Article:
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Medicine Men short film

Directed by Freddy Lond Starring Alexander Nima and Nicolas Dillen Short Film Review by Monica Jowett

Medicine Men is a short film which follows Said and Franco, two young men who rob pharmacy stores and then sell the stolen medicine from the trunk of their car. But one normal day takes a turn for the worse and a nightmare for the two men begins. Written and directed by Freddy Lond, the film depicts a powerful message about friendship.

Said (Alexander Nima) and Franco (Nicolas Dillen) have a close but volatile relationship, mainly due to Franco’s drug use, and each of them have their own personal reasons for robbing drug stores as a way to make money. Nima and Dillen give great performances in the respective roles. They act aggressive and show a lot of attitude, a typical stance of young men who are in over their heads in a gangster and drug filled world.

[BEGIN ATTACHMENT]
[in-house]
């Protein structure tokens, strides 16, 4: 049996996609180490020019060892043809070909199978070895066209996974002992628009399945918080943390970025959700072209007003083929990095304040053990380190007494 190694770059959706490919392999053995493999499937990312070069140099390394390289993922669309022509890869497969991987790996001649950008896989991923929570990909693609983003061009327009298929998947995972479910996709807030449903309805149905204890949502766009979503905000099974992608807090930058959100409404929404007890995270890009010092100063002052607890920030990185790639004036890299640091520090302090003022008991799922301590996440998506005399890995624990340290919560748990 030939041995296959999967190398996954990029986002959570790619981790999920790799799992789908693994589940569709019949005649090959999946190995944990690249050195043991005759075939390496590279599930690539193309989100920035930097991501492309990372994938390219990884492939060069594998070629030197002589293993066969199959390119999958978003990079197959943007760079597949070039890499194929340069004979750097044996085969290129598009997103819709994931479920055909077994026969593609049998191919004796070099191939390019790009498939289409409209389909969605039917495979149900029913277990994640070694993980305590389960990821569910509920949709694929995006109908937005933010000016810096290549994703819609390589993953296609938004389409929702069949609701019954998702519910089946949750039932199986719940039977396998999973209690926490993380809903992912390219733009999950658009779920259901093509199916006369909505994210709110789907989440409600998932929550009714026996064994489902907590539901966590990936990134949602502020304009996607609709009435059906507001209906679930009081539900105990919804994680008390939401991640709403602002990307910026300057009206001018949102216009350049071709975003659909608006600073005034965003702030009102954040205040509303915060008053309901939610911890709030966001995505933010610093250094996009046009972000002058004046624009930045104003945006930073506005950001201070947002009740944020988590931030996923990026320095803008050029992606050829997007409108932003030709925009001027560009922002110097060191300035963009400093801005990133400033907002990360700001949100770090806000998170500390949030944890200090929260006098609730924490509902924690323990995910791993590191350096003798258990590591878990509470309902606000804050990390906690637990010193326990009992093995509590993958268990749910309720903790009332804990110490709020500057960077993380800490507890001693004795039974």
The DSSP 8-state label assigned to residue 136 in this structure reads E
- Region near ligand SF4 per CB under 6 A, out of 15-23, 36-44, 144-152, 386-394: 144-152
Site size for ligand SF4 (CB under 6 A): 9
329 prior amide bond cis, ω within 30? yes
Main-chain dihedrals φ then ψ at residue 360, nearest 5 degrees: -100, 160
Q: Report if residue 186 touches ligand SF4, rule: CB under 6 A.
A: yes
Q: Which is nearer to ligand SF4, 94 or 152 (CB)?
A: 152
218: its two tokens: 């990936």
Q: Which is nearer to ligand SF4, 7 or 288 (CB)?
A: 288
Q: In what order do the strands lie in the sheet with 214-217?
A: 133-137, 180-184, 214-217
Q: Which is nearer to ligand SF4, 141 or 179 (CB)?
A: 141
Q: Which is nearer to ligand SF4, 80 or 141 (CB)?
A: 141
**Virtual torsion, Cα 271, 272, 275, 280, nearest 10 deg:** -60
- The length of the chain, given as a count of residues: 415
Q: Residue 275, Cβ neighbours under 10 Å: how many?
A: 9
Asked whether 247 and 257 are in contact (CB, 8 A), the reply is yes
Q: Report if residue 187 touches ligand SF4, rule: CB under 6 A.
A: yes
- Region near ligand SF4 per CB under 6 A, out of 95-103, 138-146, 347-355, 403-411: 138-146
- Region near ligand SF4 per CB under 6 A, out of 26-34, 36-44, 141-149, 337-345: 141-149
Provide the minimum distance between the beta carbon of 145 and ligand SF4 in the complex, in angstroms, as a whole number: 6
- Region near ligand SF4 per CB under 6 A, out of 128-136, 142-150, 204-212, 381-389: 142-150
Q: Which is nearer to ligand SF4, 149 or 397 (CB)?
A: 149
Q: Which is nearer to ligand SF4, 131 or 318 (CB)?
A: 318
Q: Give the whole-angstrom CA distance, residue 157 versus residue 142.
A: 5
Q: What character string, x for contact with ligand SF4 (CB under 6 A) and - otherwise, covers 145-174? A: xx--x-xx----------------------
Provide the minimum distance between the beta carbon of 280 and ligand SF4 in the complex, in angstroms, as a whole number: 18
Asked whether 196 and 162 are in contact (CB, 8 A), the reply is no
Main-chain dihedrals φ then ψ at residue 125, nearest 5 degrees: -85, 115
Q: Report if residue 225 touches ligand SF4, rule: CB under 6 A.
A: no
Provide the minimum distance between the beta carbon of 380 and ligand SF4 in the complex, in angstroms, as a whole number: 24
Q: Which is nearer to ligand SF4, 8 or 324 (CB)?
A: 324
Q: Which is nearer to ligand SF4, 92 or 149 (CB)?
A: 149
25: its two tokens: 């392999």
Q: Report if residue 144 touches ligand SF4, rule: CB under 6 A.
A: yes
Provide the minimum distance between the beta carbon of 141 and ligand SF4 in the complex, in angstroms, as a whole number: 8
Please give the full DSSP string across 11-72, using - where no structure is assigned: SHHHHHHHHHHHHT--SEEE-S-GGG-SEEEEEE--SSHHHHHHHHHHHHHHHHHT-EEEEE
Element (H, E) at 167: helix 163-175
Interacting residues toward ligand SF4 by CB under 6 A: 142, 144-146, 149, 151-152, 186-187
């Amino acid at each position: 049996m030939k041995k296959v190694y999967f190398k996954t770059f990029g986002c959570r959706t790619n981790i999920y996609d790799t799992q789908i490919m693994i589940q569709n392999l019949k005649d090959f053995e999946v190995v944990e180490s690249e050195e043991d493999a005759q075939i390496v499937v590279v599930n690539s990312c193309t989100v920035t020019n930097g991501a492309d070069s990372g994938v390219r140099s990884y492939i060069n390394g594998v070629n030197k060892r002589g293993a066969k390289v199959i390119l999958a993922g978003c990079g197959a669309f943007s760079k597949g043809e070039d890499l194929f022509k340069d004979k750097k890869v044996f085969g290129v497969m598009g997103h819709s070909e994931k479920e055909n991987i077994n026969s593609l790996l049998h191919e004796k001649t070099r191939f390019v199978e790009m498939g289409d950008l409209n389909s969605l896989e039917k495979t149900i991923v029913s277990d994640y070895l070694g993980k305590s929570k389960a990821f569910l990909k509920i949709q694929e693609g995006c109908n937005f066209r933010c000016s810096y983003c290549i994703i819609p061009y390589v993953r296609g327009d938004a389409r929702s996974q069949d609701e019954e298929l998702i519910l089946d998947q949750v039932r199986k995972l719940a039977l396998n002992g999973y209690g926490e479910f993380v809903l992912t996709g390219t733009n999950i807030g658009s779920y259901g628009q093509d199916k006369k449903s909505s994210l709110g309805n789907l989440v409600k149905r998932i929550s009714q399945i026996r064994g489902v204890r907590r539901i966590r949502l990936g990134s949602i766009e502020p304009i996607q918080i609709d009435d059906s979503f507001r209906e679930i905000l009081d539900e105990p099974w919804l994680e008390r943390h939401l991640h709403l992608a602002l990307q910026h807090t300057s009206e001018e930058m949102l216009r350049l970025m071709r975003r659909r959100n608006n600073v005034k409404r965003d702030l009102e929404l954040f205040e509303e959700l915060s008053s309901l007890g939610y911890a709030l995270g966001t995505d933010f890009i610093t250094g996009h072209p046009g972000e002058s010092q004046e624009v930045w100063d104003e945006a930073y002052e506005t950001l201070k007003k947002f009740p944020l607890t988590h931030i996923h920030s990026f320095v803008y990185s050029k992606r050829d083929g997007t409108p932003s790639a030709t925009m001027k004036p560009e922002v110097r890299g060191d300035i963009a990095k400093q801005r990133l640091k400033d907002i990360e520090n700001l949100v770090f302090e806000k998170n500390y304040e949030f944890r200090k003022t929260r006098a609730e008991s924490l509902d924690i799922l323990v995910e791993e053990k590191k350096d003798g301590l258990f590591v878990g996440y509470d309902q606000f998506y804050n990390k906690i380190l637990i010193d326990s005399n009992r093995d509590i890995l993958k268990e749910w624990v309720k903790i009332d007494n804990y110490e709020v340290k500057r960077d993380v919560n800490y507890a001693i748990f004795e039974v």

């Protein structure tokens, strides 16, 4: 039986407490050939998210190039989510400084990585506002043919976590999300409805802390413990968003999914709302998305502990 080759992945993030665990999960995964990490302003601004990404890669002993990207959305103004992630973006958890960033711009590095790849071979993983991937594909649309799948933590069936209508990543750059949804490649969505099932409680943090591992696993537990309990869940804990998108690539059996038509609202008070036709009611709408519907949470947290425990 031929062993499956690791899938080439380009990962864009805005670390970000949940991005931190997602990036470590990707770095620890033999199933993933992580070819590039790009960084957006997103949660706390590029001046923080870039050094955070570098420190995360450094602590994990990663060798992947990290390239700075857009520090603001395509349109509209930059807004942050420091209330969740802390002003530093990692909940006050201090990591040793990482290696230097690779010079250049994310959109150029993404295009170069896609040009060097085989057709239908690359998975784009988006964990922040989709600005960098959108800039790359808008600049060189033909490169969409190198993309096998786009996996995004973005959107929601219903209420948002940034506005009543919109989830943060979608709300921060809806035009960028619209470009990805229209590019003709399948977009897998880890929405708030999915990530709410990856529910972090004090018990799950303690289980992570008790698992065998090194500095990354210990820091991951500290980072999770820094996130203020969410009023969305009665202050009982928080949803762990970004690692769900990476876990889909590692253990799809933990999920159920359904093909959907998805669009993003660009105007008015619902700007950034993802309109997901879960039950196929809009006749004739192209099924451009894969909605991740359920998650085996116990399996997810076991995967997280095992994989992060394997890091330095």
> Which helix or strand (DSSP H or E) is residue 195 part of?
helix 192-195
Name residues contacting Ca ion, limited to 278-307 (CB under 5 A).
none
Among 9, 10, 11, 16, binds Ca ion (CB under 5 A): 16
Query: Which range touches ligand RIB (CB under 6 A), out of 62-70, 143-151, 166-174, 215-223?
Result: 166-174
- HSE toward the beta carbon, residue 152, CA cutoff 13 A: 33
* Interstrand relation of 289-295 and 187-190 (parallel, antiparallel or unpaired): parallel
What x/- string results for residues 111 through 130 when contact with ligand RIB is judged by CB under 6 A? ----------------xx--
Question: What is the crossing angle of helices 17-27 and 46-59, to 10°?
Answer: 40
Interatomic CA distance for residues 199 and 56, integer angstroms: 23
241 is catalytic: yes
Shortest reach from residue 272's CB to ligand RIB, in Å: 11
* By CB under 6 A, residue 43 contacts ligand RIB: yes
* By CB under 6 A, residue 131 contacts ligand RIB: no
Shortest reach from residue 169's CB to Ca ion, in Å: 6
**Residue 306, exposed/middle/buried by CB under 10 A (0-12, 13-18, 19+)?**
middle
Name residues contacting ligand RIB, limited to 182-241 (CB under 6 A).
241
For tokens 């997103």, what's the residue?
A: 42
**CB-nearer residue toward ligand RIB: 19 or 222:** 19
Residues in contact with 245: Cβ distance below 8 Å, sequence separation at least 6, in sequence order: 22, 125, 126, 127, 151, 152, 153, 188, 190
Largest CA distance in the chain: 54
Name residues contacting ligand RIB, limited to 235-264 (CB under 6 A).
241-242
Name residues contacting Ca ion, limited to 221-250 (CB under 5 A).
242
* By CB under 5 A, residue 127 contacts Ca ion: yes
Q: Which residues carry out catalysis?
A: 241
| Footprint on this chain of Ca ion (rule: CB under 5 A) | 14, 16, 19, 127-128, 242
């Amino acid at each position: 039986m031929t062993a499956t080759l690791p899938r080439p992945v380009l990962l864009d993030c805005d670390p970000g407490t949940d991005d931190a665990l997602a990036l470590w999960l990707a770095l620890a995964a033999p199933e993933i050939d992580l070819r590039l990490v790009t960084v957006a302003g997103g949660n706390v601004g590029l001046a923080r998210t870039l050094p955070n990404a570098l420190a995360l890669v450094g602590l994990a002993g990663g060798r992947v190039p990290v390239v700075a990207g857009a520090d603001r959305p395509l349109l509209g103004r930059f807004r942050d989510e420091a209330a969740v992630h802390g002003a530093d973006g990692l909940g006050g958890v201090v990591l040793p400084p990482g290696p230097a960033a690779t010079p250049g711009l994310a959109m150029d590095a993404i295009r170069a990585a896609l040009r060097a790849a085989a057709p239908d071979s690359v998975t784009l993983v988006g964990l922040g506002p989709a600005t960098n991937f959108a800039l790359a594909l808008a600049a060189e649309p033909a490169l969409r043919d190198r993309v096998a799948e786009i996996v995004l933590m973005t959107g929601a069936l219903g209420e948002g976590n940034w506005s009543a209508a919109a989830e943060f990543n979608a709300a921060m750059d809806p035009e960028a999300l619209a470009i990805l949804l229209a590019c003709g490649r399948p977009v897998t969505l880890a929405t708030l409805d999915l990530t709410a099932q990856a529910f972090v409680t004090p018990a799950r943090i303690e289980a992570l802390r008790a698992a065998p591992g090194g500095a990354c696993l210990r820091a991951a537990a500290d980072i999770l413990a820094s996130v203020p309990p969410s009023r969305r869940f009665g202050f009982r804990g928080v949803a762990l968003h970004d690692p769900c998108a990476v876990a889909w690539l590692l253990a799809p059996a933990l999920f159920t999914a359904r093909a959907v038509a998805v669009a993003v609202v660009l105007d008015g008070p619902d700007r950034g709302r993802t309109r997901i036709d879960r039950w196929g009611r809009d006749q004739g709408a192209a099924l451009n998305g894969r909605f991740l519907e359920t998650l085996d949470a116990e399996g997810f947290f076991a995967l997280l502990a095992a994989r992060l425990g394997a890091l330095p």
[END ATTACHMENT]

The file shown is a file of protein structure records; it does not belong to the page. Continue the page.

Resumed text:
Said is the more sympathetic character of the two, who has a father to support, and even when he acts out violently it feels justified. On the other hand Franco is reckless and childish, yet his flaws seem hard to punish.

The cinematography in Medicine Men makes it stand out. The pink-coloured, hazy filters give it a sun soaked feel, as if the bright weather is adding to the heightened tension between the two leads. The frequent close ups of the characters provide an intimacy with them, which is needed as it is hard to feel for the young men who rob pharmacies and take drugs. The smooth editing delivers a professional cut to the film and creates the right amount of pace to keep you interested in the story as it unfolds.

The music, from composer Heldur Maripuu, is the highlight of this short film. Dance and techno vibes fit in with the sunny, hazy cinematography style and the fast paced lives Said and Franco lead, and cutting between the music to nothing, just the sound of someone rolling up a bank note to snort drugs through, quickly grabs your attentions.

A shrewdly produced short film about these young men keeps you involved in the journey of Said and Franco and leaves you wanting to know more. Lond has crafted an intelligent film and it will be interesting to see where his next projects take him.


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